The contributions from different strengthening mechanisms can be added linearly [37,38]. Therefore, the yield strength of the AM-Inconel 625 alloy σy can be expressed as:
σy = σ0 + ΔσGB + Δσp
where σ0 is 687.6 MPa, calculated by the linear relation in Figure 4b. Using the results from Equation, σy is 782.2 MPa, which is in good agreement with the experimental result of the yield strength (793 MPa). It is worth noting that the full density (100% relative density) is not achieved during the AM process and the presence of a small amount of porosity in the printed samples is not taken into the consideration in strength calculations. Micro-pores may lead to premature failure through the coalescence of micro-pores and the subsequent propagation of cracks, especially for tensile tests.
From the good agreement between the results of the calculation and the experiment, it is reasonable to conclude that the strength of AM-processed Inconel 625 alloys is predictable by quantifying the contributions from different active strengthening mechanisms. The quantification of different strengthening mechanisms can be determined from characterizing the microstructure of Inconel 625 (e.g., distribution and size of spherical precipitates, grain size, etc.), providing a guideline for designing advanced high performance bulk metallic materials by additive manufacturing.

3.4. Tribological Tests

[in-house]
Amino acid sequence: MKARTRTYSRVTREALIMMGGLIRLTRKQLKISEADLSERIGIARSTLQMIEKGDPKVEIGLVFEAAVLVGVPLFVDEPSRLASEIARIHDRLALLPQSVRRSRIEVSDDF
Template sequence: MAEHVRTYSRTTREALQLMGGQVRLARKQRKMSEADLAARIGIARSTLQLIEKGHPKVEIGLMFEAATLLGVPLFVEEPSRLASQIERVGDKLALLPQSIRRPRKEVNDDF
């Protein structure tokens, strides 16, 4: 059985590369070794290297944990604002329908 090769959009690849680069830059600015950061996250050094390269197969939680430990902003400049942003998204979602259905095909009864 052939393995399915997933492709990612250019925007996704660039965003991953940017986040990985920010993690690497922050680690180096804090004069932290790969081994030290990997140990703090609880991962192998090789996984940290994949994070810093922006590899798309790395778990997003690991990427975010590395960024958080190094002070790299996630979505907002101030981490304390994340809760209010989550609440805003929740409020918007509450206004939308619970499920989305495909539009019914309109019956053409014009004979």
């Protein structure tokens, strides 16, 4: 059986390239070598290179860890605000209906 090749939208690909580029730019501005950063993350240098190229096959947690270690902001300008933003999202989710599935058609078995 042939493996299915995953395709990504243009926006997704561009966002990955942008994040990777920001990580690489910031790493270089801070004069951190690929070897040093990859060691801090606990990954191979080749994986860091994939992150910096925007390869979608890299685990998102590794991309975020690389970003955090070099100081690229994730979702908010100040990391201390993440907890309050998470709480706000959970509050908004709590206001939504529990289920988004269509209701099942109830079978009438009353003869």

Figure 6 shows the relationship between the friction behaviors of AM-Inconel 625 and the number of cycles at a contact load of 106 N. Figure 6a gives friction torques of the material tested after 2 × 104 cycles. The friction torque increases rapidly over the first 5 × 103 cycles and reaches a high value (~0.55). Then the friction torque maintains a relative steady state (~0.48). The friction behaviors of AM-Inconel 625 can be more clearly observed in the Figure 6b, in which the friction coefficient of the specimen is plotted against fretting cycles. The friction coefficient reaches a peak value of 0.62 at about 5 × 103 cycles and decreases to a low value of ~0.50 after 7 × 103 cycles. The friction coefficient of AM-processed Inconel 625 is similar to that of the traditional Inconel 625 alloy reported in the previous work [8].
The typical friction torque versus angular displacement amplitude curves (T-θ curves) at the fretting cycles of 100, 101, 102, 103, 104 and 2 × 104 are displayed in Figure 6c to evaluate the fretting running state. For the T-θ curve with a parallelogram shape, the segments AB ¯ and CD ¯ correspond to the sliding of the two contact surfaces and the tilt segments BC ¯ and DA ¯ correspond to the static friction force. All the T-θ curves show the shape of quasi-parallelograms, undoubtedly indicating the gross slip between the contact interfaces during the fretting wear process. For an individual loop, the tangential force is almost constant and without tips at the end, indicating that adhesion wear is mild between the contact surfaces.